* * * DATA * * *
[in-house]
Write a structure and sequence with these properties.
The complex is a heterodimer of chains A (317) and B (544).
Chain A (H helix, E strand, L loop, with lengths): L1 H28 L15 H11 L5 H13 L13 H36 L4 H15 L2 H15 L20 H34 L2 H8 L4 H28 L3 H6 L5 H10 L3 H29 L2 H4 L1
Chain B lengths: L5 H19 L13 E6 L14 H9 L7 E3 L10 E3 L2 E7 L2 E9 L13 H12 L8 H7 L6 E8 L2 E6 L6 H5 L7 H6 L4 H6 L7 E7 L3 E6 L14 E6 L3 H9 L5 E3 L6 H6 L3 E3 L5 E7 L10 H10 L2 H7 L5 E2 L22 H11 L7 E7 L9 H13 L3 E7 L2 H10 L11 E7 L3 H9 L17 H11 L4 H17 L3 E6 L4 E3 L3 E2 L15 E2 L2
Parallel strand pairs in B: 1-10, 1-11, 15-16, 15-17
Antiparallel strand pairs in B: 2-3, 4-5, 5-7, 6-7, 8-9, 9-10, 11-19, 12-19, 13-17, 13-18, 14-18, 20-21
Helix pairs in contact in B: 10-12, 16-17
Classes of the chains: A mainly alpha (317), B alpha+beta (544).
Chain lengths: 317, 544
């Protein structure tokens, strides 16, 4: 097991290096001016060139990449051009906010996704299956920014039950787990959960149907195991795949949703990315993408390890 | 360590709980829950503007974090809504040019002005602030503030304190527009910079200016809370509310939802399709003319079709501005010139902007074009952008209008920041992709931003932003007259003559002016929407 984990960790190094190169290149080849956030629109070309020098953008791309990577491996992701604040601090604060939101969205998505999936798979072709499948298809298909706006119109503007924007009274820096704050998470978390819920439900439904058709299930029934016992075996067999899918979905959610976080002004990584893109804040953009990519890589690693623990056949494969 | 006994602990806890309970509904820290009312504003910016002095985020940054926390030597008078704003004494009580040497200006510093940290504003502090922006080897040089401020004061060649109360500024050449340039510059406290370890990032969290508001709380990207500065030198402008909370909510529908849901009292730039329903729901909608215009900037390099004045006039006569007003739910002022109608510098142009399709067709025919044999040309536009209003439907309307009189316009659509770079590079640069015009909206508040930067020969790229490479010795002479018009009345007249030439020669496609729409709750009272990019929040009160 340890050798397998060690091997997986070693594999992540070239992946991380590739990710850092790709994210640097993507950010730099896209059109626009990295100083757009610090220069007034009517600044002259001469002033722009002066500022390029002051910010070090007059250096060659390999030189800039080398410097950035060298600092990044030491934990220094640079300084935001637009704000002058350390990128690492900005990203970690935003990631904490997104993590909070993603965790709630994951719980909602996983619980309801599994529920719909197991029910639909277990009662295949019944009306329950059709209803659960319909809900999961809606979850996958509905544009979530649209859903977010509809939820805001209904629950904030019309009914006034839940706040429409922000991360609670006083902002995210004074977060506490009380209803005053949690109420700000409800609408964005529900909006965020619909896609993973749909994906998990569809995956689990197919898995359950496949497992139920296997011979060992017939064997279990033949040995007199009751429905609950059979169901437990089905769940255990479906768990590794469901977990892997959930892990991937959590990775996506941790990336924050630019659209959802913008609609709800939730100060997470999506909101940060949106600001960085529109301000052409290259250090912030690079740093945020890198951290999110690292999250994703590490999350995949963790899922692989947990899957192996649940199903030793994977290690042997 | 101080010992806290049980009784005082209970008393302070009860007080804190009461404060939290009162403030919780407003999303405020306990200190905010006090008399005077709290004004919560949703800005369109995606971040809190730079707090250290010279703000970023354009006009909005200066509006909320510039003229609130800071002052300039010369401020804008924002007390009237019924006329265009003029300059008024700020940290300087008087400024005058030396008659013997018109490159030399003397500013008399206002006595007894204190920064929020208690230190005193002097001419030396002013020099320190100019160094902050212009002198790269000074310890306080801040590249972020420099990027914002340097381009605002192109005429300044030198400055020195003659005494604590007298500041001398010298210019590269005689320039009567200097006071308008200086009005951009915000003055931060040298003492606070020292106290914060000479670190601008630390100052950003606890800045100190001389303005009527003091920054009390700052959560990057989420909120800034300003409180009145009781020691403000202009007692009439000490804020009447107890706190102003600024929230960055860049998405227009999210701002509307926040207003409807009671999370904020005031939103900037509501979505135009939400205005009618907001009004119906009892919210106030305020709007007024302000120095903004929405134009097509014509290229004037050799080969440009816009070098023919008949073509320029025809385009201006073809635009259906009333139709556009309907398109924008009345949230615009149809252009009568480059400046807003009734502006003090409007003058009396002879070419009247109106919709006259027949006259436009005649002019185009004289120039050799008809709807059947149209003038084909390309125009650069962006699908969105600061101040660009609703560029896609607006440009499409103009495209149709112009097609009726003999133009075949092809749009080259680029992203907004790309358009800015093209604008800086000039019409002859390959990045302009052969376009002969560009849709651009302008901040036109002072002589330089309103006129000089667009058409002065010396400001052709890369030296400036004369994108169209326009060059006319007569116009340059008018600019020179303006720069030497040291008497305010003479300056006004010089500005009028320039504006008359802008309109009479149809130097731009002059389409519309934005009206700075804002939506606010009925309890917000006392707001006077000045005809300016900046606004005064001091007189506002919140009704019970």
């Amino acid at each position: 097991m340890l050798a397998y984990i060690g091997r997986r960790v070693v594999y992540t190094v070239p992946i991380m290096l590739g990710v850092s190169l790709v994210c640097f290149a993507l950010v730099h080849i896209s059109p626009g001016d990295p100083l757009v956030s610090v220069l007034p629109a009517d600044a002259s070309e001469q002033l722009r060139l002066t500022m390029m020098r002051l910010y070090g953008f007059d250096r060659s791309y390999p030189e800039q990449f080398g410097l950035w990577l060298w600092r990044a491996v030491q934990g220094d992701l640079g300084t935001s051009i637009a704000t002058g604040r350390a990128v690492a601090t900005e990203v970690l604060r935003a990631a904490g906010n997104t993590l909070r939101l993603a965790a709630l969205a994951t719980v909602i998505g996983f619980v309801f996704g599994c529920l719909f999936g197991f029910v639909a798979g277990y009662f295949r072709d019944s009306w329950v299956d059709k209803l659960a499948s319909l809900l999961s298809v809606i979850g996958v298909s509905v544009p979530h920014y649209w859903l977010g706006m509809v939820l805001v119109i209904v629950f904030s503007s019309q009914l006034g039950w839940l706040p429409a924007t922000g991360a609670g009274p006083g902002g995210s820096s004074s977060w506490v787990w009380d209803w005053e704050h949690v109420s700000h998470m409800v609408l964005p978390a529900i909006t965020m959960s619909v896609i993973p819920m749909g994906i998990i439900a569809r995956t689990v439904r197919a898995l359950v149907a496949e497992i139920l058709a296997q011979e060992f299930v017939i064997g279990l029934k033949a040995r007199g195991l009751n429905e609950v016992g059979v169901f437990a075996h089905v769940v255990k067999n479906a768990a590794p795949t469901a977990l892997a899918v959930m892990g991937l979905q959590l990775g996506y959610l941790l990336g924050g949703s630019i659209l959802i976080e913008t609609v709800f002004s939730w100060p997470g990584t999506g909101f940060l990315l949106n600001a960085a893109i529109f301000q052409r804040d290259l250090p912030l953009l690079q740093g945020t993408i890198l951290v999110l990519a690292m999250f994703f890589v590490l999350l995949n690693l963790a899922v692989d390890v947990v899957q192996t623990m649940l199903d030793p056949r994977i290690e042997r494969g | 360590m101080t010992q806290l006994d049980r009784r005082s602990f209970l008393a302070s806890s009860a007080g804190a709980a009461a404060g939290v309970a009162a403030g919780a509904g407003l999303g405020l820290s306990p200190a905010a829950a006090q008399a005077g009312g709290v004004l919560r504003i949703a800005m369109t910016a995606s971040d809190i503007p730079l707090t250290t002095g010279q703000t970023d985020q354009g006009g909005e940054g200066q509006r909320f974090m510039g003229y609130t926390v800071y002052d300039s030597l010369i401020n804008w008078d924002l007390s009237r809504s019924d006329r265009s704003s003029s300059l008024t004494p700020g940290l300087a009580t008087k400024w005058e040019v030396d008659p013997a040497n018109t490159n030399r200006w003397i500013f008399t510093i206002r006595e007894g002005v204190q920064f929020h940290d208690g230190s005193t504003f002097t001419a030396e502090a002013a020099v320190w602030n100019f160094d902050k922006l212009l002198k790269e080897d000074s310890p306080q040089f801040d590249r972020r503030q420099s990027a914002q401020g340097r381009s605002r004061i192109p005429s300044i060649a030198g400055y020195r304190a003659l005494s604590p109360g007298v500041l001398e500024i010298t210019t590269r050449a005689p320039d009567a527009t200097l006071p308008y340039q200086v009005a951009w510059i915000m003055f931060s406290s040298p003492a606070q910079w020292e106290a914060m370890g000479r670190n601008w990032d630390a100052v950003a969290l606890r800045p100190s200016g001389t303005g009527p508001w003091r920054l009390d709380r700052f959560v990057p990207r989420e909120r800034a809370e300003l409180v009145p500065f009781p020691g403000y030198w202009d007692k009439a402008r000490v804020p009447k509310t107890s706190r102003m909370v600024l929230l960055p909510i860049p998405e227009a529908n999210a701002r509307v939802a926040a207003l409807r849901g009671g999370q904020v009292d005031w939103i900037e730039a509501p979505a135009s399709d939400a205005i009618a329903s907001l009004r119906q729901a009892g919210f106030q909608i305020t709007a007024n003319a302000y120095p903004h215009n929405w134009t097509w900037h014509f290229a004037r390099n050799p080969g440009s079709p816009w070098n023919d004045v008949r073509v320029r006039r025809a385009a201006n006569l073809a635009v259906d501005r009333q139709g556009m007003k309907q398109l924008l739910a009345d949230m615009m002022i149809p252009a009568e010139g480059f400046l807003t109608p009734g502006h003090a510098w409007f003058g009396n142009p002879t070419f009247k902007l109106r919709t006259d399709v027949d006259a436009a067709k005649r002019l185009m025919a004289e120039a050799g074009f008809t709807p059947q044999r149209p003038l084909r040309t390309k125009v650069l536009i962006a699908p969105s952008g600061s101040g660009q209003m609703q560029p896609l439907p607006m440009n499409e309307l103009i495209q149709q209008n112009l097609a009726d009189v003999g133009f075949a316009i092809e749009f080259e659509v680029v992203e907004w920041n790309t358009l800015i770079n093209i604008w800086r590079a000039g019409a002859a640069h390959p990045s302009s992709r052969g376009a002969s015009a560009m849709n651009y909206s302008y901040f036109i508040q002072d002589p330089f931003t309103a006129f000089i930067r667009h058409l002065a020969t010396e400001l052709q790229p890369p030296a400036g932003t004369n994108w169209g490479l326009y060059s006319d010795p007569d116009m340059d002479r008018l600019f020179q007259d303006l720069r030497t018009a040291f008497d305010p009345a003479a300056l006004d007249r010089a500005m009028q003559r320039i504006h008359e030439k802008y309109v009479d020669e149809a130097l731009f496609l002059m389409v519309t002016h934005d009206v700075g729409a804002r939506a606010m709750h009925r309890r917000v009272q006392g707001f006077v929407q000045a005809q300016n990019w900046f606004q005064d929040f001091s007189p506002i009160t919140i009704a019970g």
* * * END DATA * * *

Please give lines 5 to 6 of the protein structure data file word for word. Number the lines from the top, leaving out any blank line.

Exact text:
Chain B lengths: L5 H19 L13 E6 L14 H9 L7 E3 L10 E3 L2 E7 L2 E9 L13 H12 L8 H7 L6 E8 L2 E6 L6 H5 L7 H6 L4 H6 L7 E7 L3 E6 L14 E6 L3 H9 L5 E3 L6 H6 L3 E3 L5 E7 L10 H10 L2 H7 L5 E2 L22 H11 L7 E7 L9 H13 L3 E7 L2 H10 L11 E7 L3 H9 L17 H11 L4 H17 L3 E6 L4 E3 L3 E2 L15 E2 L2
Parallel strand pairs in B: 1-10, 1-11, 15-16, 15-17